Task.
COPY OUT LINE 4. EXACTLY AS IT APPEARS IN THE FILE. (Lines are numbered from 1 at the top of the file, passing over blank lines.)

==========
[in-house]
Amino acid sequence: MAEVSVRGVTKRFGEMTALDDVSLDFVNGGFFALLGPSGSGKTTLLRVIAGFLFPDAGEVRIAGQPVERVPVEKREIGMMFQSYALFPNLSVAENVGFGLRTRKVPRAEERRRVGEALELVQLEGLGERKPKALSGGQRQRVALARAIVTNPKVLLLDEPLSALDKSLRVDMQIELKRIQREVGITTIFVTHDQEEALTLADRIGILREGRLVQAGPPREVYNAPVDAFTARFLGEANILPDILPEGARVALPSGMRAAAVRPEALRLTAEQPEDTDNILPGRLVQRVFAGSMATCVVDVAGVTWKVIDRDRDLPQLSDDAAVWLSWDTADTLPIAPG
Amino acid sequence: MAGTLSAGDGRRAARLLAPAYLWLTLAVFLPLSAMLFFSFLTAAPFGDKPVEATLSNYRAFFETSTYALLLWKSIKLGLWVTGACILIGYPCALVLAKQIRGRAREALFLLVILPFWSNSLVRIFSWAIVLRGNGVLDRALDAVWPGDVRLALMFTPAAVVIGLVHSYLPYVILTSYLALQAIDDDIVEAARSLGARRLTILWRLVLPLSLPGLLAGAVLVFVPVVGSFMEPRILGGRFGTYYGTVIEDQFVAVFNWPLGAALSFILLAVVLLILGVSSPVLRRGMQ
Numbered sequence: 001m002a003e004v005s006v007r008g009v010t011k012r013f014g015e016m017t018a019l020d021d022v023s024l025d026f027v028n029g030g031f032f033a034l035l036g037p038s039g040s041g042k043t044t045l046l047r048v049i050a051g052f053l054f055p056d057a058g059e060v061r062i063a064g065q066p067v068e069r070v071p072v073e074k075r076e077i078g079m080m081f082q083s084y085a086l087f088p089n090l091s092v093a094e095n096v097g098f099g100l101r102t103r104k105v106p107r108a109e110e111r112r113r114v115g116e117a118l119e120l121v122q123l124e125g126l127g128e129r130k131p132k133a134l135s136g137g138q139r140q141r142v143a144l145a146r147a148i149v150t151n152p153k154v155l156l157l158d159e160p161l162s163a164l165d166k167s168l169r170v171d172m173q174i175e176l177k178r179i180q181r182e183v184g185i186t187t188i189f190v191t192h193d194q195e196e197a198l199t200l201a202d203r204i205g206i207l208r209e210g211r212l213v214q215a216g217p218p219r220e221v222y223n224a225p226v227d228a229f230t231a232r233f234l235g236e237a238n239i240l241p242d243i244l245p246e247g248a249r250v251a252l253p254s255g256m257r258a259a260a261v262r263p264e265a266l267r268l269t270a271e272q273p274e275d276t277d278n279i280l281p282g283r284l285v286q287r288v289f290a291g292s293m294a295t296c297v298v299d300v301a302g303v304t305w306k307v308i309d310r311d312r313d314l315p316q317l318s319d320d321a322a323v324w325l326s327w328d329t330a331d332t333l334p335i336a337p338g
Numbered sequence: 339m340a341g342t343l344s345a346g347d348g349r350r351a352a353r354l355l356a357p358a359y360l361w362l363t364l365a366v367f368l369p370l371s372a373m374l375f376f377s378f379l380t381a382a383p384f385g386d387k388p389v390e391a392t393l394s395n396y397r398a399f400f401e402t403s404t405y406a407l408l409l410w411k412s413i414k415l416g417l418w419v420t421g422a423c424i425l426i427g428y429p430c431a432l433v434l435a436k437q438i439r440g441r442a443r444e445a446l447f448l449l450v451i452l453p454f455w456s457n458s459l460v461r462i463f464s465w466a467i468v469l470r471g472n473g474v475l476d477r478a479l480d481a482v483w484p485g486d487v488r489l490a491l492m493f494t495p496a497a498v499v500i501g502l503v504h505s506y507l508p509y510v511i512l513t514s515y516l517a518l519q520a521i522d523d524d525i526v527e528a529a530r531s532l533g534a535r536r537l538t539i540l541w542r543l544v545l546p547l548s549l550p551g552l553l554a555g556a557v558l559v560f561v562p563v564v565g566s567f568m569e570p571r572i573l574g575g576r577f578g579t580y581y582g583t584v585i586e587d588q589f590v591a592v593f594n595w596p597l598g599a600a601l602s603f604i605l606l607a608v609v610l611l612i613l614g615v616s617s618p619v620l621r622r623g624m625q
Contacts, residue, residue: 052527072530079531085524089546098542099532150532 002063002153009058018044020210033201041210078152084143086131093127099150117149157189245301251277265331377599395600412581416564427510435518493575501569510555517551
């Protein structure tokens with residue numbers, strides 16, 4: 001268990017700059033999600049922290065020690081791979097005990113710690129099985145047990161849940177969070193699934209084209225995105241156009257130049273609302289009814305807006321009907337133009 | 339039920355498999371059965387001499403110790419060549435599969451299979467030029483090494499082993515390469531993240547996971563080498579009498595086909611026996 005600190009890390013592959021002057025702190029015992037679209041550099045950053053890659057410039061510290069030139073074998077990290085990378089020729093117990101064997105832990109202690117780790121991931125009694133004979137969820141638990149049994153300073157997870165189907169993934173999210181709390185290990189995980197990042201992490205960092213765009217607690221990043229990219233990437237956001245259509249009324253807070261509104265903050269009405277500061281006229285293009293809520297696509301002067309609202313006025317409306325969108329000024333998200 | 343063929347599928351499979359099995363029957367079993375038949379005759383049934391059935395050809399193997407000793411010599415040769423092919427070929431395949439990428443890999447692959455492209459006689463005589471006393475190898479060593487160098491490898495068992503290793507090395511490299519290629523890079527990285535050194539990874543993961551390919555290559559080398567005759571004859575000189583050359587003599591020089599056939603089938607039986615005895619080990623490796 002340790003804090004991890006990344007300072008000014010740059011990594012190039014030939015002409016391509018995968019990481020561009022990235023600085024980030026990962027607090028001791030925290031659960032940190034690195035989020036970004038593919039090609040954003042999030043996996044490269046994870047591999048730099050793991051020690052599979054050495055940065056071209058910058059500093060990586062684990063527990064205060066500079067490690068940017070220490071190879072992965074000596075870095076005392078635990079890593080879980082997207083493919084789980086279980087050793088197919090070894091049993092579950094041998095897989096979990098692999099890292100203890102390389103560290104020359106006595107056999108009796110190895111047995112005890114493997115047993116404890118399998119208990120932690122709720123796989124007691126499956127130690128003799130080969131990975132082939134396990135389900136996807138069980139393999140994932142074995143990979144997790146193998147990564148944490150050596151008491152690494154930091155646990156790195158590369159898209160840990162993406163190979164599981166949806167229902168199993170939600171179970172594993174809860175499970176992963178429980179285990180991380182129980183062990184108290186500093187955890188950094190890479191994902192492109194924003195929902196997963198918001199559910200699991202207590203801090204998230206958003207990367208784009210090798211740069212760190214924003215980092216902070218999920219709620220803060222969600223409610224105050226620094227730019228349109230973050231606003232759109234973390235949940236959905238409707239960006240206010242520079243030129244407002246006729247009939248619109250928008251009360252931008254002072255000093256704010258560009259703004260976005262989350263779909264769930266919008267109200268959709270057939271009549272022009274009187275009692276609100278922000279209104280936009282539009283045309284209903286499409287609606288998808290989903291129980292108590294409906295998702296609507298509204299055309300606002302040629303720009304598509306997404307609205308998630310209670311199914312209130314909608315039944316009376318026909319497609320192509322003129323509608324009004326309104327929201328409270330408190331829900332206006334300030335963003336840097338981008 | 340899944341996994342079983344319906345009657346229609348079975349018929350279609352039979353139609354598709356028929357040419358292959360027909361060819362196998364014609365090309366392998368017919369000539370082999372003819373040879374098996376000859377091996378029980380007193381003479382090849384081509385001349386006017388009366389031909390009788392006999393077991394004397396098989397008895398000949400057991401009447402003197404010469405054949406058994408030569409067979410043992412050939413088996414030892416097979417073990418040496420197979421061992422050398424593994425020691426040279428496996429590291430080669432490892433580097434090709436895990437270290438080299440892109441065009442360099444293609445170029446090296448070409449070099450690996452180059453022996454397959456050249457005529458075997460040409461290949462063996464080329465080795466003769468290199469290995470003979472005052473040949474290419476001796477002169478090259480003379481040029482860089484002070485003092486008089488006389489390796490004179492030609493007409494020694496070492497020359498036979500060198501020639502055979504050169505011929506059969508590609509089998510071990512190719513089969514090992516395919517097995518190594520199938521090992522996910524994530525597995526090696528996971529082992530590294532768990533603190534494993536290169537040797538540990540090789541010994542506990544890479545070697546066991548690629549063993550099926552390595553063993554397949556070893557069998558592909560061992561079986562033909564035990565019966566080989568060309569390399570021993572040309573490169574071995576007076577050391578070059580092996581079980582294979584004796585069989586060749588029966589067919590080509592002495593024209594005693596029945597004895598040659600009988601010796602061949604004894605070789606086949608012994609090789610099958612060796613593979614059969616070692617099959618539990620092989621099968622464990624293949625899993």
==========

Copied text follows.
Numbered sequence: 001m002a003e004v005s006v007r008g009v010t011k012r013f014g015e016m017t018a019l020d021d022v023s024l025d026f027v028n029g030g031f032f033a034l035l036g037p038s039g040s041g042k043t044t045l046l047r048v049i050a051g052f053l054f055p056d057a058g059e060v061r062i063a064g065q066p067v068e069r070v071p072v073e074k075r076e077i078g079m080m081f082q083s084y085a086l087f088p089n090l091s092v093a094e095n096v097g098f099g100l101r102t103r104k105v106p107r108a109e110e111r112r113r114v115g116e117a118l119e120l121v122q123l124e125g126l127g128e129r130k131p132k133a134l135s136g137g138q139r140q141r142v143a144l145a146r147a148i149v150t151n152p153k154v155l156l157l158d159e160p161l162s163a164l165d166k167s168l169r170v171d172m173q174i175e176l177k178r179i180q181r182e183v184g185i186t187t188i189f190v191t192h193d194q195e196e197a198l199t200l201a202d203r204i205g206i207l208r209e210g211r212l213v214q215a216g217p218p219r220e221v222y223n224a225p226v227d228a229f230t231a232r233f234l235g236e237a238n239i240l241p242d243i244l245p246e247g248a249r250v251a252l253p254s255g256m257r258a259a260a261v262r263p264e265a266l267r268l269t270a271e272q273p274e275d276t277d278n279i280l281p282g283r284l285v286q287r288v289f290a291g292s293m294a295t296c297v298v299d300v301a302g303v304t305w306k307v308i309d310r311d312r313d314l315p316q317l318s319d320d321a322a323v324w325l326s327w328d329t330a331d332t333l334p335i336a337p338g